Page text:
Topic ID #35193 - posted 3/8/2015 10:02 AM

How should I refresh myself while I'm on the hunt for CRM jobs?



Finch

Hello, so I graduated from college about a year ago now and I've been on the job hunt on and off ever since. At this point I feel like i'm getting a little Rusty. I was wondering If anyone had any advice on what I could do to keep myself fresh for when I do eventually get a job.

Any Advice would be much appreciated!




Post ID#20641 - replied 3/10/2015 1:21 AM



Jennifer Palmer

Webmaster
I would think about volunteering if you are able to pull it off. Check out local and state archaeological societies, schools, museums and nonprofits, and state and governmental agencies. Volunteer.gov and passportintime.com are a good start for the latter. I would also recommend contacting a park/forest/entity in your area directly, as sometimes an interested (and especially experienced/educated) potential volunteer can create their own opportunity. You will make new contacts (in this field it's all about the networking!), gain some additional experience (perhaps in an area you are otherwise lacking in), and there's always the possibility it may lead to an employment opportunity down the road. I have been offered several positions as as a direct result of volunteering.

Hope this helps. Good luck to you!

Jennifer

Post ID#20647 - replied 3/26/2015 4:38 PM



Digger Michele

I decided to log on to Archfieldwork to let folks who are looking for work, or doing shovelbum work, know, from where I sit (finally in my own office, doing archaeology full time!) that being a team player, working hard and willing to go anywhere and dig almost anything will get you there, to the interview.  But what they're looking for, more than knowing how to dig a perfect shovel test or draw a site plan is how to write a report- so my advice is practice writing.  Write a summary of a good book you just read.  Read the old textbooks you skimmed over before, learn more about the areas you dream about working in, and the areas for which you keep seeing job listings pop up.  For each region you're serious about, write a background summary of the culture, site and artifact types, what additional information might lead us to a better understanding of that culture, and what aspects of that culture are relatively unknown?  This is advice I wish I had be give prior to getting this job.  So how did I get it, without all that prep?  I was easy to work with, easy to get along with, and though I didn't let people walk all over me, I also didn't try to get over on anyone. Claiming more hours than you're actually working, more holes than you're actually digging, or more per diem than you're entitled to can burn that bridge you might want to cross later in life.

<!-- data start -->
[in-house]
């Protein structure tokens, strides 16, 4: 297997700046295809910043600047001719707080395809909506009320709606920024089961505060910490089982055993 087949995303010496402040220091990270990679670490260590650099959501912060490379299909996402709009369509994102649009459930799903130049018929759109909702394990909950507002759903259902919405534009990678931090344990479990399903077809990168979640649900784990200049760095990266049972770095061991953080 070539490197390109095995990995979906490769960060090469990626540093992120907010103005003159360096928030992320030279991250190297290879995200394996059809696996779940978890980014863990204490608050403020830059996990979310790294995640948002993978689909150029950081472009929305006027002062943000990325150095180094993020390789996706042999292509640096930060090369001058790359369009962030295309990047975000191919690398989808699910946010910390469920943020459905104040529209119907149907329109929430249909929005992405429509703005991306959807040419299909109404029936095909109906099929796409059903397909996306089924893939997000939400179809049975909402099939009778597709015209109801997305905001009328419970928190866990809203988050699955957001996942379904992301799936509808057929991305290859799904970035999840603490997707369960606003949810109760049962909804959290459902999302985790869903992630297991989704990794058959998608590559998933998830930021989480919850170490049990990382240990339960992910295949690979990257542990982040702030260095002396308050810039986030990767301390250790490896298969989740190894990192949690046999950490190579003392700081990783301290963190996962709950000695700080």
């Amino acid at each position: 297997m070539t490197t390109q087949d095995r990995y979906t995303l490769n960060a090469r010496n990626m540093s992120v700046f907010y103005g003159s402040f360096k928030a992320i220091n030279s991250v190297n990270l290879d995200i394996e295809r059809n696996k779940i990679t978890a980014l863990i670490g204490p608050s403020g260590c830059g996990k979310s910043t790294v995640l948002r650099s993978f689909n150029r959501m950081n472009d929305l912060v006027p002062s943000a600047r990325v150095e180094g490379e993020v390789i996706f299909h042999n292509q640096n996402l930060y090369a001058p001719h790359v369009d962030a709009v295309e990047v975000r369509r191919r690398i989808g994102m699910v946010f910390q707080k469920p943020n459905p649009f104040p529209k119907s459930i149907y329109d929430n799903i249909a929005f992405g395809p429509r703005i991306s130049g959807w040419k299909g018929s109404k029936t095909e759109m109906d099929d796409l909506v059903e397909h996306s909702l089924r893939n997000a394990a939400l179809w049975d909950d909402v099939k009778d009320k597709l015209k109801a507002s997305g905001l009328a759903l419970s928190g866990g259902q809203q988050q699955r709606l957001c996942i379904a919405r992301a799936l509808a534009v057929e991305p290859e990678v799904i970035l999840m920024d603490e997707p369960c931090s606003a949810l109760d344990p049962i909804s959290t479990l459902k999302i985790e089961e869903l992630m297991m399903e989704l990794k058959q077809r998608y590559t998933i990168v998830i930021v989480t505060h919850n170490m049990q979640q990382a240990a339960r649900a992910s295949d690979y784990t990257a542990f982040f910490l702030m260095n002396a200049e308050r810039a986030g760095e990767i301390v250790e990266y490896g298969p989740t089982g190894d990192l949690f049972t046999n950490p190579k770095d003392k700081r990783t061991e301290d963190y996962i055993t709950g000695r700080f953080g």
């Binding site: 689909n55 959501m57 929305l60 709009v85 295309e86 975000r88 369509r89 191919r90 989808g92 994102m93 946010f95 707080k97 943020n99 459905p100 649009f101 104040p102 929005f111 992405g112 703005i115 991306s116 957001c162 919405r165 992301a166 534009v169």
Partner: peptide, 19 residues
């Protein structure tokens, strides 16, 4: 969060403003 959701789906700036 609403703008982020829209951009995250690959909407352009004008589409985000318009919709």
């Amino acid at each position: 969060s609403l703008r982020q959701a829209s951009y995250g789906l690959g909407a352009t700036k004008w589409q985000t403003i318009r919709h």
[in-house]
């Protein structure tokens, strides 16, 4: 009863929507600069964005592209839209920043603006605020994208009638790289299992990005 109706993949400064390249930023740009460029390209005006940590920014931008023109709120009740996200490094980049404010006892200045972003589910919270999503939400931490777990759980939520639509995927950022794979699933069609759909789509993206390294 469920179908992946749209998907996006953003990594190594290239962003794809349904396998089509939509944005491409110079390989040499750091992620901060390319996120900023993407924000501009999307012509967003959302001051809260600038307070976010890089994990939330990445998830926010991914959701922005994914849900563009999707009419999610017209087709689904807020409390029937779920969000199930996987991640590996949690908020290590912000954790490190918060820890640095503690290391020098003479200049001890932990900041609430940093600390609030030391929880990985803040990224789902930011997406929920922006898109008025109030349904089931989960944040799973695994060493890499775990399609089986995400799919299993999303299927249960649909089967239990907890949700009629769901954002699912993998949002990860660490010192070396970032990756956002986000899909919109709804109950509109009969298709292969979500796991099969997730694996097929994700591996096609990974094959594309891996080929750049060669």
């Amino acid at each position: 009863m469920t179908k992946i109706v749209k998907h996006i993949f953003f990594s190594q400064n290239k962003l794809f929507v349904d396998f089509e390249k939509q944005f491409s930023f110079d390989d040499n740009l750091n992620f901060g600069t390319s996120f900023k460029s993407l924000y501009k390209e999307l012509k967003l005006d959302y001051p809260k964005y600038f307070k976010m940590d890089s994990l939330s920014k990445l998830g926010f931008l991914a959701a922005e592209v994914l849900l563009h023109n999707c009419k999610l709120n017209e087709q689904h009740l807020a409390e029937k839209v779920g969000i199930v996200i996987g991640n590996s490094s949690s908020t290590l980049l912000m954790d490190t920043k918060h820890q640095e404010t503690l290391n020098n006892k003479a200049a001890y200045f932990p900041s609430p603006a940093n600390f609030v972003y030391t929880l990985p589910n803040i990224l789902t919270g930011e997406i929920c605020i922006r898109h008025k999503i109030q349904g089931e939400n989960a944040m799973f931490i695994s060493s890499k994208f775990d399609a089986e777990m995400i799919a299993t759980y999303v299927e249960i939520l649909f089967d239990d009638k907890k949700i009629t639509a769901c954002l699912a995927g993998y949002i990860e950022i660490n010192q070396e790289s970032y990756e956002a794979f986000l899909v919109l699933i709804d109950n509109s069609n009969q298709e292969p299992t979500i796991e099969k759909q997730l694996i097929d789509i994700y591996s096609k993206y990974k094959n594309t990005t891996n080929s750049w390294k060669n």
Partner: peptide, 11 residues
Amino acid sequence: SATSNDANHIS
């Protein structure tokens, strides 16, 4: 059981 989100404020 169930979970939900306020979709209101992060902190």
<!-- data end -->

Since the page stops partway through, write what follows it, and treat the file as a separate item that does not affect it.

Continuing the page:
So keep your head up, get those short shovelbum jobs, remember how to use a line level, graph paper, play with geocaching and marking waypoints on a handheld GPS, take a GIS course, present a poster or paper to a local archaeology club, and sooner or later you'll get your chance, and you'll be ready for it!  
Good luck to all my fellow shovelbums out there, smile and stay dirty!

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